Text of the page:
Tamara Cohen

Tamara Cohen headshot.JPG

Board Member

she // her // hers

Tamara Cohen is a rabbi, educator, activist, writer and ritual innovator who has worked in Jewish feminist and varied educational settings for over twenty five years, with a deep commitment to intersectional feminism, LGBTQ liberation and racial justice.

She earned her B.A. in English and Women’s Studies at Barnard College and a M.A. in Women’s History from Sarah Lawrence College where she wrote An Overlooked Bridge: Secular Women of the Jewish Left and the Rise of Jewish Feminism. Tamara was ordained as a Rabbi at the Reconstructionist Rabbinical College in 2014. 

Her fusion of Jewish spiritual engagement and social justice commitments began in childhood, with a mother involved in the leadership of the burgeoning Havurah and feminist movements and a father whose life work was track two Middle East peace building. At Barnard College, she was involved in feminist and queer activism, Jewish spiritual life, and activism around preserving the Audubon Ballroom, site of Malcom X’s assasination. In her twenties, she edited The Journey Continues, a social justice feminist haggadah and worked to build Ma’yan: The Jewish Women’s Project. Through Ma’yan, she co-created and lead large-scale educational projects and innovative rituals, including many seders with Debbie Friedman, which inspired thousands of feminists to take a more active and activist approach to their lives and religious practice and to draw strength from a proud legacy of progressive Jewish women. At Ma’yan, she also co-authored with Shifra Bronznick, Power and Parity, a report on gender inequities in the leader of Jewish organizations, which was a foundational report for years of organizing and activism on gender issues in the Jewish community. 

Tamara’s formative experiences as an activist include her co-founding Jewish Activist Gays and Lesbians, which educated and agitated the Jewish community to recognize the validity of jewish queer lives and leadership in the mid-1990s, serving as a founding board member of Brit Tzedek V’Shalom: The Jewish Alliance for Justice and Peace, organizing with Jews for Racial and Economic Justice (JFREJ) around Islamophobia, racism and antisemitism and protesting police brutality following the murder of Amadou Diallou. More recently, she has been involved as a member of the Jews of Color and Allies Cohort and as an active ally of the Jewish Women of Color (#JWOC) led contingent at the 2018 Women’s March. 

Tamara is the VP and Chief of Program Strategy for Moving Traditions, a national organization focused on empowering Jewish teens of all genders to recognize and resist sexism and building their social emotional skills and Jewish identities.  At Moving Traditions, Tamara started an online national group for nonbinary and trans Jewish teens and a feminist fellowship for high school students in addition to innovating new approaches to comprehensive sexuality education for Jewish teens and the adults who work with them. Tamara is currently a Generation Now Fellow.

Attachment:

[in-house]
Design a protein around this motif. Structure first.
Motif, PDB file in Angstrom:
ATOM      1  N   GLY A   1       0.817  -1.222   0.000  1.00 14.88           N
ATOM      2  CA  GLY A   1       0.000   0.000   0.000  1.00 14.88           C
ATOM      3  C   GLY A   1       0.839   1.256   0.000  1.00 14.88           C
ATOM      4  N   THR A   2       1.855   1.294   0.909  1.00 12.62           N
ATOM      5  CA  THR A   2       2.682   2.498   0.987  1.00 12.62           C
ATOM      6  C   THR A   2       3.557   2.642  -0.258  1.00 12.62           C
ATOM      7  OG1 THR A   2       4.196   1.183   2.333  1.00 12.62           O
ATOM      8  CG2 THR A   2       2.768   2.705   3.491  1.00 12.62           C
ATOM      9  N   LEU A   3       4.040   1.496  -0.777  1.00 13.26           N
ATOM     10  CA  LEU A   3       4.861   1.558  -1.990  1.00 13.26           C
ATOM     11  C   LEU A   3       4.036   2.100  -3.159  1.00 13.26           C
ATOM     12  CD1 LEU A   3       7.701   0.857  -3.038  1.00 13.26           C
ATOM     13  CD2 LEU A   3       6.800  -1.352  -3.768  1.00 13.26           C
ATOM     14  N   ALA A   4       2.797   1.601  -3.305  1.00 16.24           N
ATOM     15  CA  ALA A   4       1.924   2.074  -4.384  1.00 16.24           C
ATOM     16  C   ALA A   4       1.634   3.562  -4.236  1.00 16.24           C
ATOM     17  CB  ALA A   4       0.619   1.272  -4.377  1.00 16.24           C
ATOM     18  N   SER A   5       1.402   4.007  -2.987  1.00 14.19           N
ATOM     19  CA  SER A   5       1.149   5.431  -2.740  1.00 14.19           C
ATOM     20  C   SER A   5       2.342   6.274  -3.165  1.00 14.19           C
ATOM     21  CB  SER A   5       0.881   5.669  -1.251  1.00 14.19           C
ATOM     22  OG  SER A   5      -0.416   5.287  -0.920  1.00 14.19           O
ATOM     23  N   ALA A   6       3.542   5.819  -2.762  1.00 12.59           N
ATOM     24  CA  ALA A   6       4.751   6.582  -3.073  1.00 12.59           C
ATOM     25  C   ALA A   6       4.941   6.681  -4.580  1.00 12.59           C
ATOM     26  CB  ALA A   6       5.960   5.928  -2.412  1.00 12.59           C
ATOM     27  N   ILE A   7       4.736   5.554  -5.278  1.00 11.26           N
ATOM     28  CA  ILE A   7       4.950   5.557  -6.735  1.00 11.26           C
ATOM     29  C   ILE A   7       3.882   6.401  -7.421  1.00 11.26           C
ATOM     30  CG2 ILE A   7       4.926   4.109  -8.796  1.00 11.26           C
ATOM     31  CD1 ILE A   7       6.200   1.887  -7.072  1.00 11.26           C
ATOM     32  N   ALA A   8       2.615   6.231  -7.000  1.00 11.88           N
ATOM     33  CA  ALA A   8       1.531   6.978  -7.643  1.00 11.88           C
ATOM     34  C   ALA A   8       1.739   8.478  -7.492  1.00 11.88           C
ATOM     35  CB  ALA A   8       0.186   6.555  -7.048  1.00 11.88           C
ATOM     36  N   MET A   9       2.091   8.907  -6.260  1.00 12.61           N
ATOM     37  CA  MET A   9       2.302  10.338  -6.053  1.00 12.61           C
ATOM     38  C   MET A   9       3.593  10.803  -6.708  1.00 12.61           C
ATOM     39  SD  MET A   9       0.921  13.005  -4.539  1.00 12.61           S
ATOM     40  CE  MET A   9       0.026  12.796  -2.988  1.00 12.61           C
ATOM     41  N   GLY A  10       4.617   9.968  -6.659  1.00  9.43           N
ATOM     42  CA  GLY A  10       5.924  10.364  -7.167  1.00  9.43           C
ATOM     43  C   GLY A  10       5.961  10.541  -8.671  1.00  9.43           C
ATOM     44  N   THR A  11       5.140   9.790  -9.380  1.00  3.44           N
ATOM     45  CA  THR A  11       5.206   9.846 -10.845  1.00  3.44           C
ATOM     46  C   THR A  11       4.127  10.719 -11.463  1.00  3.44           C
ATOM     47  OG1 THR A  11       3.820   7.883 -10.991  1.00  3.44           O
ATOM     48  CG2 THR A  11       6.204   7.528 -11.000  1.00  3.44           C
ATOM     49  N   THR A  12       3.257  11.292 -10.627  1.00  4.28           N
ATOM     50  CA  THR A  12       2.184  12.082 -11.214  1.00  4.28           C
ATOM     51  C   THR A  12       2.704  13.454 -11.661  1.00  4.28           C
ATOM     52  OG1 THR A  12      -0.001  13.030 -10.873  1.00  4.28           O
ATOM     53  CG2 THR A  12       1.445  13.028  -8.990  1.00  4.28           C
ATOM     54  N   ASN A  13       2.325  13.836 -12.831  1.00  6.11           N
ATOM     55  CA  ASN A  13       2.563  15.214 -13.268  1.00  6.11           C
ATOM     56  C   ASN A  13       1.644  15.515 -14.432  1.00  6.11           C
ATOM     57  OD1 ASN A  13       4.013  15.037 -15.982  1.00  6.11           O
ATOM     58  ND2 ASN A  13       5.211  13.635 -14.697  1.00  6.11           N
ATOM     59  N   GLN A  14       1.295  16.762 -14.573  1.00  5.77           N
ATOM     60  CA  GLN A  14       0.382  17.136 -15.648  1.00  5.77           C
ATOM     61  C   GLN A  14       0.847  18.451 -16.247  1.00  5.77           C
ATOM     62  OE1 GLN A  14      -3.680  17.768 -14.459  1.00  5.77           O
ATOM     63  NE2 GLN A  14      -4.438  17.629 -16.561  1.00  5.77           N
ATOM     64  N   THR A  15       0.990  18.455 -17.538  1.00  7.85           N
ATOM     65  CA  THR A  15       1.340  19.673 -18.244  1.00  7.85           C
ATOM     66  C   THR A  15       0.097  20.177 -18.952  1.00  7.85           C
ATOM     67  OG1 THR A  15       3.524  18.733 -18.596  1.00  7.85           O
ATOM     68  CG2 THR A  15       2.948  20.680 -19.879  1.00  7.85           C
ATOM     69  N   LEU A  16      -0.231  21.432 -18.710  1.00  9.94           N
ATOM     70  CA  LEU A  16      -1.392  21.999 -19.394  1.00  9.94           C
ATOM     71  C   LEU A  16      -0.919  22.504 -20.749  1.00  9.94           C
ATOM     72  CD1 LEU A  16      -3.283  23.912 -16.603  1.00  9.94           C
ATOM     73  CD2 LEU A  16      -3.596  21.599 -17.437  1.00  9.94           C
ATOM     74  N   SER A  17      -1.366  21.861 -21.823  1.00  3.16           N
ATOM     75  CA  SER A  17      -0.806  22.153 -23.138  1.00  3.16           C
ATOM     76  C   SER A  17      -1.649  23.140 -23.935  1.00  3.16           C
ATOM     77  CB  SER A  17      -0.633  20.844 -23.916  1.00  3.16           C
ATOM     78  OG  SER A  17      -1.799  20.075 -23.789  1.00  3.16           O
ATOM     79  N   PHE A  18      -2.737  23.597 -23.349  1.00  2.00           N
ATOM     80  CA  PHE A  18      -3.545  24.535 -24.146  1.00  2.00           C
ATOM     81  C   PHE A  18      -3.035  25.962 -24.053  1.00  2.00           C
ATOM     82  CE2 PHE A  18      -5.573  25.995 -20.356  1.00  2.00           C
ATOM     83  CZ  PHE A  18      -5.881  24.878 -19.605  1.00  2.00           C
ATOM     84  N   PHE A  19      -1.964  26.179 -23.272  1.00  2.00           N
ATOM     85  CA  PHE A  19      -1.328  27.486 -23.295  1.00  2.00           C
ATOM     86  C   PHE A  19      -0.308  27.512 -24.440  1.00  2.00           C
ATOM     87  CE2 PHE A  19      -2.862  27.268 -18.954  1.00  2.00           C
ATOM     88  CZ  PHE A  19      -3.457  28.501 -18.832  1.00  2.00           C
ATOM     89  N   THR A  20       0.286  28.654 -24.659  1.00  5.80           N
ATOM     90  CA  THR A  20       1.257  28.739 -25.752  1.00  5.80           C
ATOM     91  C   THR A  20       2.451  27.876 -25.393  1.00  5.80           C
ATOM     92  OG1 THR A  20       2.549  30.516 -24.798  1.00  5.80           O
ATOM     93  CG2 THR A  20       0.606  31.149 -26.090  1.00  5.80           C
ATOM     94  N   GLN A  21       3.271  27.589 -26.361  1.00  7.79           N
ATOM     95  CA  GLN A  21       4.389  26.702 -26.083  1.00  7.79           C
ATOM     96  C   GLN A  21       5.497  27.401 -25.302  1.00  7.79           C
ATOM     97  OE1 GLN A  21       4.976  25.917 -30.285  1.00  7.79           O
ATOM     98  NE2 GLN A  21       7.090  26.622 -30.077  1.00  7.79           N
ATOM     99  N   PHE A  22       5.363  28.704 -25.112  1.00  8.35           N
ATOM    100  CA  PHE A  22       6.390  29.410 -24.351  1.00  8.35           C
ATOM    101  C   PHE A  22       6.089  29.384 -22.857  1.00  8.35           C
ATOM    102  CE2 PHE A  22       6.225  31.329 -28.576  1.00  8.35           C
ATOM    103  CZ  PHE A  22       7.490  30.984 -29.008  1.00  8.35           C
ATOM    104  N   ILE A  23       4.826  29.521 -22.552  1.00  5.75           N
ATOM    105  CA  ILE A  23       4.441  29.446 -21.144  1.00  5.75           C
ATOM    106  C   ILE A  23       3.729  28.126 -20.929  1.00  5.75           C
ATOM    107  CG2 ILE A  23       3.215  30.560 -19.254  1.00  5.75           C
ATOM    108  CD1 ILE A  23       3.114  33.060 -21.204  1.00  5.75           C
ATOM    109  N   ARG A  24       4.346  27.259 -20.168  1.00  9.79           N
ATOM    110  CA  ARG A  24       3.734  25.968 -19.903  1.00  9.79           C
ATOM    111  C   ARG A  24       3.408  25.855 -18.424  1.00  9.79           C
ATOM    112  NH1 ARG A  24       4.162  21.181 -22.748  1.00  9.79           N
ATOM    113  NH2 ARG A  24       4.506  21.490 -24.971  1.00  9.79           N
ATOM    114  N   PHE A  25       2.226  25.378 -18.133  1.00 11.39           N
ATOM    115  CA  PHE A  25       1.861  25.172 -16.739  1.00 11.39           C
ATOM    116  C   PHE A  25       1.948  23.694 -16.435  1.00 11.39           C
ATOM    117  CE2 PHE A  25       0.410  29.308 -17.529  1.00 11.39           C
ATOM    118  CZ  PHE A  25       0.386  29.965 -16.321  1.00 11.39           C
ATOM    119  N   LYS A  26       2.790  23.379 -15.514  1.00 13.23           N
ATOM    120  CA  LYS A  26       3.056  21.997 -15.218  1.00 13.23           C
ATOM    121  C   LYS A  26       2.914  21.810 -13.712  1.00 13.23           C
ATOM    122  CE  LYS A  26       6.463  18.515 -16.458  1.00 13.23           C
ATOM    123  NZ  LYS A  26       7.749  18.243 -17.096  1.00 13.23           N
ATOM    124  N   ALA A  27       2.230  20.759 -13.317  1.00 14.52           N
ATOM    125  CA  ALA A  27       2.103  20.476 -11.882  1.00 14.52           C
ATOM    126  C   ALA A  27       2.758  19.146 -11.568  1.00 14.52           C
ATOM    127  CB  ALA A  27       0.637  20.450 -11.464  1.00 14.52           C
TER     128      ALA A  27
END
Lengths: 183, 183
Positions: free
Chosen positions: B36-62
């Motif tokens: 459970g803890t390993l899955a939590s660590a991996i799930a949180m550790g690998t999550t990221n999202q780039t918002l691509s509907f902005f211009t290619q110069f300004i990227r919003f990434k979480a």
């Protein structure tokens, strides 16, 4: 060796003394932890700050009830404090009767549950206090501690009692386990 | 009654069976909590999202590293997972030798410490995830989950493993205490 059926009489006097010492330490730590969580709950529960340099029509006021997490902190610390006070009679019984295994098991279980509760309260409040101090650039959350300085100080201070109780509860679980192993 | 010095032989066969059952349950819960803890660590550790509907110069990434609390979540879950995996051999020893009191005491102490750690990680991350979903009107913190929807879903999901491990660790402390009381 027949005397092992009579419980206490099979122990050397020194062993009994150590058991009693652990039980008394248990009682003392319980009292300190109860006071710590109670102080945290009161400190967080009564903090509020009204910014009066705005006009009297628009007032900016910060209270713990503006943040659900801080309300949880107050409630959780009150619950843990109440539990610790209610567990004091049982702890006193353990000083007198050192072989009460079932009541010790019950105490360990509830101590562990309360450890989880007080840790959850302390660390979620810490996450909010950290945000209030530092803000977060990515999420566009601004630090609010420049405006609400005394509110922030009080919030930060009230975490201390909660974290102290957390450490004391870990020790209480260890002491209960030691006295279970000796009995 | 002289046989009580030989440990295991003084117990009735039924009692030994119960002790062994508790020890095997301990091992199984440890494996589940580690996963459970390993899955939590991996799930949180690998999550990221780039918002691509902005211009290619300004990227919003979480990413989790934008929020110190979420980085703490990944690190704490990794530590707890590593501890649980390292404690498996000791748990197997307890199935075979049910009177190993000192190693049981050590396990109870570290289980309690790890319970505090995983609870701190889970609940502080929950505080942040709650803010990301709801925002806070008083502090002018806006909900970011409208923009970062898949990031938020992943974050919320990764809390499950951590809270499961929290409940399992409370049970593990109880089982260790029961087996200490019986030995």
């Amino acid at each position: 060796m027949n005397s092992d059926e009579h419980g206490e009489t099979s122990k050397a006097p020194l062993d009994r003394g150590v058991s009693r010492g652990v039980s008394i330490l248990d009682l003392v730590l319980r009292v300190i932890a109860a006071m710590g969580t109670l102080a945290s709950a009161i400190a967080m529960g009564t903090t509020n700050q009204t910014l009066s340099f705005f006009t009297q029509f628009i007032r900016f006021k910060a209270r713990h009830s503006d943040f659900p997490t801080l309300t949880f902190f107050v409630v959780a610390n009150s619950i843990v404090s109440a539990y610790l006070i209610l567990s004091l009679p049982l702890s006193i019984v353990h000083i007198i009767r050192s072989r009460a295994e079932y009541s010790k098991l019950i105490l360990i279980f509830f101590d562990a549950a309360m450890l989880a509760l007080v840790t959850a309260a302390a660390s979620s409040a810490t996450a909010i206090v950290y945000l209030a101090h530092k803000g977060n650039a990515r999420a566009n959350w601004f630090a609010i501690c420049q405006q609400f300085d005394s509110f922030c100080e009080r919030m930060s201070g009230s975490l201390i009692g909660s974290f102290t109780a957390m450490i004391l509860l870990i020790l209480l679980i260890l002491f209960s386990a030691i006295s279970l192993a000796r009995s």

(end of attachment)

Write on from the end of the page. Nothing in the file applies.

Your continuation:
Previously, Tamara worked at the University of Florida, as its first Director of LGBT Affairs and later as Assistant Dean of Students and Director of Multicultural and Diversity Affairs. There she was recognized for her organizing of LGBTQ staff and students, for helping to secure a prayer space for Muslim students on campus, for her work with Asian American and Pacific Islander students, and for her teaching and training on intersectional identities and oppression. Tamara has also organized Jewish leaders around immigrant and refugee justice through HIAS-PA, facilitated youth interfaith dialogue with the Interfaith Center of Philadelphia and been a fellow at The Shalom Center. Tamara has been involved with a wide range of feminist and social justice organizations in the Jewish community including the Jewish Women’s Archive, AJWS, Bend the Arc’s Selah Network, Truah, JOIN for Justice, and is a longtime member of B’not Esh. She served for ten years as Spiritual Leader of a Jewish community in Washington, CT and is a member of Rabbis without Borders, the Philadelphia Board of Rabbis.

As a rabbi, Tamara uses her pulpit and her original liturgy to recognize and advance the moral imperatives of our time and to create rituals and communities that provide ongoing meaning and support during this time of resistance and struggle. She is blessed to be part of community of leaders, activists and teachers transforming what it means to be Jewish today by sharing the truths of their lives, the complexity of their intersectional identities and the linkages between Jewish liberation and other liberation movements. As a poet, feminist liturgist, and writer, she has published widely in compilations including Siddur Lev Shalem, Faithfully Feminist: Jewish, Christian, and Muslim Feminists on Why We Stay, Esther: A Modern Commentary, Beginning Anew: A Feminist Companion to the Holidys and online articles at evolve.reconstructingjudaism.org, ritualwell.org, jwa.org, and myjewishlearning.org. Tamara lives in Philadelphia with her partner and two sons where she is an active member of Minyan Dorshei Derekh and the Germantown Jewish Centre. 

Firas Nasr2019 Board